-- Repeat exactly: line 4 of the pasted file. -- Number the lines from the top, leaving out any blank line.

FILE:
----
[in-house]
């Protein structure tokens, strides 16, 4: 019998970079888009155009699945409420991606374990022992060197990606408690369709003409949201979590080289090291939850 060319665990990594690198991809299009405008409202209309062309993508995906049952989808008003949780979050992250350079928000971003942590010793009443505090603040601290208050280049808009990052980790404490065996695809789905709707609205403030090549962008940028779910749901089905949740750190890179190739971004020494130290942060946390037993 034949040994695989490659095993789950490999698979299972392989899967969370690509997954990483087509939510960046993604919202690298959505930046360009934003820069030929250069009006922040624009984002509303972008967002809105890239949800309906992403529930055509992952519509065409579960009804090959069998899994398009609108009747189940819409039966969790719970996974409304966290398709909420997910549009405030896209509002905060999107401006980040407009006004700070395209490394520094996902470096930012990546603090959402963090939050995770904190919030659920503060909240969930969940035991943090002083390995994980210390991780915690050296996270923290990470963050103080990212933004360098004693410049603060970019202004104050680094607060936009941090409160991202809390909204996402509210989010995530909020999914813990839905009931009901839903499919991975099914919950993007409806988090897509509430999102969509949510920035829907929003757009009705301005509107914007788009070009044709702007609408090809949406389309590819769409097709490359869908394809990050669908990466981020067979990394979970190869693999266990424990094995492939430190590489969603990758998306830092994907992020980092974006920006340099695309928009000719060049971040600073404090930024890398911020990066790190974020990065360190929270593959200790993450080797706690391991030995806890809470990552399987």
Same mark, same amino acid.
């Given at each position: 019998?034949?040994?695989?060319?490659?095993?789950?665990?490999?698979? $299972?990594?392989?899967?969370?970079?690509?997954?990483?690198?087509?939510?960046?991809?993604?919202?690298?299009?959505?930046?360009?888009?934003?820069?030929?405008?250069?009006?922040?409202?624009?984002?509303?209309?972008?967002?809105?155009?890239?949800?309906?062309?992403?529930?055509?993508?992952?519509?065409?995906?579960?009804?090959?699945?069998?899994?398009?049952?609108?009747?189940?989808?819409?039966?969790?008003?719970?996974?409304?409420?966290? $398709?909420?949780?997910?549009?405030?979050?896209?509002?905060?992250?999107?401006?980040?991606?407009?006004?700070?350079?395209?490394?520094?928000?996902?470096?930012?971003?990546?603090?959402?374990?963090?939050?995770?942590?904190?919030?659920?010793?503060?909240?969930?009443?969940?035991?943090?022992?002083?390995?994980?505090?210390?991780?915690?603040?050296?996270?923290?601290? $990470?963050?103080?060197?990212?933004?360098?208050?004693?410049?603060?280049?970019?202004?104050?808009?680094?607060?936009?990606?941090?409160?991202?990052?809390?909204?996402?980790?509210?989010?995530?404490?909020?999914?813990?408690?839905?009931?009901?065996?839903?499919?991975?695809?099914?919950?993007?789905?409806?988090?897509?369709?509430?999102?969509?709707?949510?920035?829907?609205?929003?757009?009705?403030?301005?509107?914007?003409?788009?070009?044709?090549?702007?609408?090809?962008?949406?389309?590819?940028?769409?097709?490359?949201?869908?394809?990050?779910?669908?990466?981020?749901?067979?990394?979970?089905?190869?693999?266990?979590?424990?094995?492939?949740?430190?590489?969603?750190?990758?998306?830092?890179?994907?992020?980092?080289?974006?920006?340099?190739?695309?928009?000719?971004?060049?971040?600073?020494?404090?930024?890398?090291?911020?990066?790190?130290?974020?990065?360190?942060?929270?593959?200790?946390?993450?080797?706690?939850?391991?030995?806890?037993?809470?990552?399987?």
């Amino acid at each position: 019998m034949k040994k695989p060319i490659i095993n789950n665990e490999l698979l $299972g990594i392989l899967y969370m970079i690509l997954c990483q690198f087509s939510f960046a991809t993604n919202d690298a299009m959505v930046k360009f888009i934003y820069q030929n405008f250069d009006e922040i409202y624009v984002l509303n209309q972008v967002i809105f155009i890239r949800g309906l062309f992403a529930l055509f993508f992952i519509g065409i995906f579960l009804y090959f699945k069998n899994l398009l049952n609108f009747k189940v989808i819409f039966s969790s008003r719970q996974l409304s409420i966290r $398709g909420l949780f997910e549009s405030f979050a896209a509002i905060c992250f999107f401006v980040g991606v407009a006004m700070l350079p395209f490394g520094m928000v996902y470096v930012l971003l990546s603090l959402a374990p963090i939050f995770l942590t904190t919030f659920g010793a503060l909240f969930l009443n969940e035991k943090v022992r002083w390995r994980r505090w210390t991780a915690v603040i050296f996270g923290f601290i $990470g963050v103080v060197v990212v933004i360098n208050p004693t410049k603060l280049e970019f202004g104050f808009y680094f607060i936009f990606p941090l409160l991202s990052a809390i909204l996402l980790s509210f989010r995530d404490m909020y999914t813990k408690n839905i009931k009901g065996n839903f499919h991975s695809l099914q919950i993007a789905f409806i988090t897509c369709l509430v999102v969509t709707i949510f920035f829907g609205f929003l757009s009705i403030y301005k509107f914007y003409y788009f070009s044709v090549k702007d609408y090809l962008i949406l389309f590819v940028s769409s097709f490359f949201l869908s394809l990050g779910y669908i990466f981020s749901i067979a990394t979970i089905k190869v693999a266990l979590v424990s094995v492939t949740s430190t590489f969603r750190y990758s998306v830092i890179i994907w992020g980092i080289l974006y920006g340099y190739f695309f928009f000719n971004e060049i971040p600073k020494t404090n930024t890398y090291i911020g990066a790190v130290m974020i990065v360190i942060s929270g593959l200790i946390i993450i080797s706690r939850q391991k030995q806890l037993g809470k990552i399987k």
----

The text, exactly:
């Given at each position: 019998?034949?040994?695989?060319?490659?095993?789950?665990?490999?698979? $299972?990594?392989?899967?969370?970079?690509?997954?990483?690198?087509?939510?960046?991809?993604?919202?690298?299009?959505?930046?360009?888009?934003?820069?030929?405008?250069?009006?922040?409202?624009?984002?509303?209309?972008?967002?809105?155009?890239?949800?309906?062309?992403?529930?055509?993508?992952?519509?065409?995906?579960?009804?090959?699945?069998?899994?398009?049952?609108?009747?189940?989808?819409?039966?969790?008003?719970?996974?409304?409420?966290? $398709?909420?949780?997910?549009?405030?979050?896209?509002?905060?992250?999107?401006?980040?991606?407009?006004?700070?350079?395209?490394?520094?928000?996902?470096?930012?971003?990546?603090?959402?374990?963090?939050?995770?942590?904190?919030?659920?010793?503060?909240?969930?009443?969940?035991?943090?022992?002083?390995?994980?505090?210390?991780?915690?603040?050296?996270?923290?601290? $990470?963050?103080?060197?990212?933004?360098?208050?004693?410049?603060?280049?970019?202004?104050?808009?680094?607060?936009?990606?941090?409160?991202?990052?809390?909204?996402?980790?509210?989010?995530?404490?909020?999914?813990?408690?839905?009931?009901?065996?839903?499919?991975?695809?099914?919950?993007?789905?409806?988090?897509?369709?509430?999102?969509?709707?949510?920035?829907?609205?929003?757009?009705?403030?301005?509107?914007?003409?788009?070009?044709?090549?702007?609408?090809?962008?949406?389309?590819?940028?769409?097709?490359?949201?869908?394809?990050?779910?669908?990466?981020?749901?067979?990394?979970?089905?190869?693999?266990?979590?424990?094995?492939?949740?430190?590489?969603?750190?990758?998306?830092?890179?994907?992020?980092?080289?974006?920006?340099?190739?695309?928009?000719?971004?060049?971040?600073?020494?404090?930024?890398?090291?911020?990066?790190?130290?974020?990065?360190?942060?929270?593959?200790?946390?993450?080797?706690?939850?391991?030995?806890?037993?809470?990552?399987?």